A group of cross-party MPs have come together as part of a new initiative led by Internet Australia to promote consideration of the internet and technology in the country's law-making efforts.
The bipartisan Parliamentary Friends of the Internet group was last night launched by Communications Minister Malcolm Turnbull, Shadow Communications Minister Jason Clare, and Greens Senator Scott Ludlam.
The group also boasts Liberal MPs Wyatt Roy and Jane Prentice, plus Labor MPs Terri Butler, Tim Watts, Andrew Lee and Jenny McAlister as members.
Membership is open to all MPs and senators, Internet Australia CEO Laurie Patton said.
The group's goal is to encourage informed debate between MPs, industry and consumers on internet and technology-related implications of proposed legislation.
In recent times, the parliament has faced criticism from industry and privacy groups for introducing new laws like data retention, piracy site blocking, the collection of biometric data on travellers and the proposed telco sector security reforms without fully considering their technological implications.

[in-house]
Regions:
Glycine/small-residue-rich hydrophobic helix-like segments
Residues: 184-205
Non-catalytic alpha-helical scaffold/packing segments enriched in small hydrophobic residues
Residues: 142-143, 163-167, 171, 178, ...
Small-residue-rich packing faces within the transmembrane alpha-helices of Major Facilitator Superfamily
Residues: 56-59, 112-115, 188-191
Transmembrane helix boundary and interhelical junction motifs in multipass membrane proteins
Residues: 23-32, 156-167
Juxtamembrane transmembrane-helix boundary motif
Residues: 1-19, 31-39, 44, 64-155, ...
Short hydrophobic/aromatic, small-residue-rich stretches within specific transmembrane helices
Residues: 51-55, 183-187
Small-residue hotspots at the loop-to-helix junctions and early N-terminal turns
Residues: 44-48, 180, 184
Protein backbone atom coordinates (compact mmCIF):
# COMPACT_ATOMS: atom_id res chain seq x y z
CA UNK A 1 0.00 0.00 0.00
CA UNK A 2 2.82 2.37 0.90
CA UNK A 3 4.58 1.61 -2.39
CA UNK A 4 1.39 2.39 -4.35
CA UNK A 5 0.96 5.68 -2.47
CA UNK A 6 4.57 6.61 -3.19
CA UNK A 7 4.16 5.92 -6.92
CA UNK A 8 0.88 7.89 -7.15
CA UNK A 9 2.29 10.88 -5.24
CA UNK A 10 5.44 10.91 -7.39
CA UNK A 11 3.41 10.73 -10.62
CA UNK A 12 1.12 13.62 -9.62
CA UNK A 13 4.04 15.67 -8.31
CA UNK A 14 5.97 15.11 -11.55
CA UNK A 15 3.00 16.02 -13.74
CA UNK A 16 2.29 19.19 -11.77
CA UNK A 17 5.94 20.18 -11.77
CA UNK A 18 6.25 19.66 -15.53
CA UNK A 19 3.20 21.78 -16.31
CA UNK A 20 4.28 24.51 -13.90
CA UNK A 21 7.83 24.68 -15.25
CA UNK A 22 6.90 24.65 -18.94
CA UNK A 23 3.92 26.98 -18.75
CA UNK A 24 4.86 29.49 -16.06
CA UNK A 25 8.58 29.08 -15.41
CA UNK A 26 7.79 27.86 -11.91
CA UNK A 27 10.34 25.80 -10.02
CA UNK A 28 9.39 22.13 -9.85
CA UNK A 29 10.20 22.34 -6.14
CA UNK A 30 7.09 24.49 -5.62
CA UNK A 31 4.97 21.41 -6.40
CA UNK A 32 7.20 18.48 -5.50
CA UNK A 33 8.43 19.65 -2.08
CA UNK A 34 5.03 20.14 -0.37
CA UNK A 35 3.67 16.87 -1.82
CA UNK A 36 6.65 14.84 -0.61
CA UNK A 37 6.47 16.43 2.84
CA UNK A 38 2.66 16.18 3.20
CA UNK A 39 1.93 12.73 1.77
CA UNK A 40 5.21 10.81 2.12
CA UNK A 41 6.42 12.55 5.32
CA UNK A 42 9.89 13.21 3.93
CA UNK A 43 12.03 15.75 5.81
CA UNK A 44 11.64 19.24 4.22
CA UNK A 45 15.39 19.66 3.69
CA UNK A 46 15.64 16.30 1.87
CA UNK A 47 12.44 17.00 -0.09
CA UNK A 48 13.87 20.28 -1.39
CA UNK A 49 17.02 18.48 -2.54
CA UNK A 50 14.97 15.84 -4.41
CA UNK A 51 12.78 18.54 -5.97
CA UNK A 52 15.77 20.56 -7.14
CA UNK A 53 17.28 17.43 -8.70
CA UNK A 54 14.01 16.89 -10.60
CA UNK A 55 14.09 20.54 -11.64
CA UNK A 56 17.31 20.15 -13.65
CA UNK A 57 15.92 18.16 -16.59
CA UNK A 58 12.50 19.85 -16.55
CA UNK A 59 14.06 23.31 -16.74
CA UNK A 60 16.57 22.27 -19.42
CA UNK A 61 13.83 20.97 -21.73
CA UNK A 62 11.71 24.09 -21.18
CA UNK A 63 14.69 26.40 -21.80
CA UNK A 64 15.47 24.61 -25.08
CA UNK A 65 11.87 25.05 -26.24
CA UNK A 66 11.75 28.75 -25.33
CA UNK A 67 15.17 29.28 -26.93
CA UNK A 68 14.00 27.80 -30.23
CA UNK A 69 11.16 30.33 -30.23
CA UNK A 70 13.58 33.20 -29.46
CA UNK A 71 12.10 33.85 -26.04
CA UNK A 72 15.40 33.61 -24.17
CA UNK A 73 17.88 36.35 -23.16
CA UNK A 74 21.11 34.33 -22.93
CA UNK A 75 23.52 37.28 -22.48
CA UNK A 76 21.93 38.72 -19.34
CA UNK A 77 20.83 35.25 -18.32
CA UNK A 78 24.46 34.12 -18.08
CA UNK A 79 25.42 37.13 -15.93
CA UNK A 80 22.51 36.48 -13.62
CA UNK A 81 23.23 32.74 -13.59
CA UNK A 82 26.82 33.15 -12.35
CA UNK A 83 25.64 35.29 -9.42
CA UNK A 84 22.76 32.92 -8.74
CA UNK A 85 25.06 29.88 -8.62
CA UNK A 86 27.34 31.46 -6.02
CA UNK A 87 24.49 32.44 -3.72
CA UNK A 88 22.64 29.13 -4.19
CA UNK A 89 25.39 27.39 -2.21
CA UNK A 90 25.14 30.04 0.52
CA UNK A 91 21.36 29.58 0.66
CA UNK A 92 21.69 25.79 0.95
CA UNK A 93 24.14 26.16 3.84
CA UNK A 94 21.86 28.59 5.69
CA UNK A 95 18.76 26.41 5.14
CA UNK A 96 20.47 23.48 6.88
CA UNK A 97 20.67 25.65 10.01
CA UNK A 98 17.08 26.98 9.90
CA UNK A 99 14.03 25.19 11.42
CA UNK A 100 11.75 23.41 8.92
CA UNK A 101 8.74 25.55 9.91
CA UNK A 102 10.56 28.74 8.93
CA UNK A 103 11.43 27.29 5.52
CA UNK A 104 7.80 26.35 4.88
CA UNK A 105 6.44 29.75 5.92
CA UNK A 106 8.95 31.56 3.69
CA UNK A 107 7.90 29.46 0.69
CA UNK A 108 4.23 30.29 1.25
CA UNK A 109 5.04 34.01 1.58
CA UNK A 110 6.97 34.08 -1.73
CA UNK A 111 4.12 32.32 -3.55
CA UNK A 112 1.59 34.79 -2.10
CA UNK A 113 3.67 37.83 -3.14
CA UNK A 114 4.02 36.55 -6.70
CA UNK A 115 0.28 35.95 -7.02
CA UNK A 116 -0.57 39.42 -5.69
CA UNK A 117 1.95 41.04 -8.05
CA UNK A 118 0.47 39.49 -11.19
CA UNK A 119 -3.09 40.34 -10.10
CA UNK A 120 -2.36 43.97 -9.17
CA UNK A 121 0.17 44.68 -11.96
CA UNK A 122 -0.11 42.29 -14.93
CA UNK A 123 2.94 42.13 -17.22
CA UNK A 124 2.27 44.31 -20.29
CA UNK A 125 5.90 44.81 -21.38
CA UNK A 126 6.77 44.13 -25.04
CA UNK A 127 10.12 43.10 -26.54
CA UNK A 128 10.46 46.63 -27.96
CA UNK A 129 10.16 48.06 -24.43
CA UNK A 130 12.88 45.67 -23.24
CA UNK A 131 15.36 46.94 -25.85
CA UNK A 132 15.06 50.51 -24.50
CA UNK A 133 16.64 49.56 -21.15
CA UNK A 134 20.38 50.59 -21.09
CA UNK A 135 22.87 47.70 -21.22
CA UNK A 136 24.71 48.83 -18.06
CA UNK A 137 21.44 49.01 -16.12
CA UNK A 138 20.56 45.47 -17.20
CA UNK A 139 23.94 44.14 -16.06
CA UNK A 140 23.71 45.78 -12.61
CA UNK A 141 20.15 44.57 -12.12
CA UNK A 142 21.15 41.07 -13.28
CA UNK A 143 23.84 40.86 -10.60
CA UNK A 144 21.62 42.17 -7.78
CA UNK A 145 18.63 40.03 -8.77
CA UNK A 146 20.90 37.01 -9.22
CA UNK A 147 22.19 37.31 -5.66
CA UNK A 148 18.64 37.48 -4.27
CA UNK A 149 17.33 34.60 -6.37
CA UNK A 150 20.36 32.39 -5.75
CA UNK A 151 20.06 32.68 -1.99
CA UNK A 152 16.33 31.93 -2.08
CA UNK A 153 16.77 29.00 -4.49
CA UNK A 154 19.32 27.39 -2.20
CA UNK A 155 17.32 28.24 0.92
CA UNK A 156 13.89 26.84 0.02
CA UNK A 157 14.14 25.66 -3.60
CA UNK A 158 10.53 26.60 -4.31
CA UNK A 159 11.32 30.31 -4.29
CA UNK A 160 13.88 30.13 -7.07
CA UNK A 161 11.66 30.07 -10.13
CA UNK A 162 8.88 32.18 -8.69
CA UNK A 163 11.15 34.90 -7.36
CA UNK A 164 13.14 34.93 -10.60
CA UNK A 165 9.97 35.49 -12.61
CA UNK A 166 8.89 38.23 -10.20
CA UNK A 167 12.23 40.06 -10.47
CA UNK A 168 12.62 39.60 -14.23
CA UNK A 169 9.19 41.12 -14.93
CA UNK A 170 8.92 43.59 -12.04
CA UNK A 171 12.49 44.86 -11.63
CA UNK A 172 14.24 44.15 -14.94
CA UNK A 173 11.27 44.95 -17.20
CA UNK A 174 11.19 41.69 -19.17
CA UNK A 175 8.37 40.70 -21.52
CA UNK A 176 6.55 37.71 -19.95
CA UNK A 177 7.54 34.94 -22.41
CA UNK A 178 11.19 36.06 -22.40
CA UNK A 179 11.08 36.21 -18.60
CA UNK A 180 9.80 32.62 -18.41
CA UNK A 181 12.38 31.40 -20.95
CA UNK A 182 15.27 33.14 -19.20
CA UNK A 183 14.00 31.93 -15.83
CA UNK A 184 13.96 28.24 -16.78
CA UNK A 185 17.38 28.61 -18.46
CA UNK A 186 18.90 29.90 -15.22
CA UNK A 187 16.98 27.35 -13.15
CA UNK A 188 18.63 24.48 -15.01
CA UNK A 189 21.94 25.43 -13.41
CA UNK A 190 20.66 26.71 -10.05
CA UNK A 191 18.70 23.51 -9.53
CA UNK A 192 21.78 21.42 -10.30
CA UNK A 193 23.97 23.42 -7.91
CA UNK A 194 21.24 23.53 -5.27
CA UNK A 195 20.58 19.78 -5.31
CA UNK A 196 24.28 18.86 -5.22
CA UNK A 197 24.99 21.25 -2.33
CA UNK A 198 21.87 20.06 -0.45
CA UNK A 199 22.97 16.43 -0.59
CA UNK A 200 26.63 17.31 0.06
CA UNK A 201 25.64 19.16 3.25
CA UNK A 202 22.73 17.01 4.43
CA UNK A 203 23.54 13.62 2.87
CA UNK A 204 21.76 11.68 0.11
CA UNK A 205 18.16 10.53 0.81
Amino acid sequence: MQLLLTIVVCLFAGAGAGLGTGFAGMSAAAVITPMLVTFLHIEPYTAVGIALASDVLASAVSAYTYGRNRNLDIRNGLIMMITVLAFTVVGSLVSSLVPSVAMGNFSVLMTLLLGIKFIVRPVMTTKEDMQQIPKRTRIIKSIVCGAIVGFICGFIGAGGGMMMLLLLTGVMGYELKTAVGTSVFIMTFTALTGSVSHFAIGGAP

"Any laws that affect the public's confidence in the internet need to be carefully drafted and continuously reviewed," Patton said in a statement.
"We also need to be aware of the risks of unintended consequences that affect the way the internet functions".
The PFI will facilitate a mix of face-to-face meetings as well as online engagements. Patton said the group would bring various experts to Canberra to lead meetings and provide reports and other information online.
He said the group would identify a range of issues of interest to MPs - such as internet security, digital inclusion and innovation and start-ups - to help them "better understand the impact of the internet-related laws they are asked to consider".
"To secure an agreed bipartisan path to our digitally enabled future we need to get our politicians to understand the potential that exists to be tapped through the internet. PFI is the first step in this process," Patton said.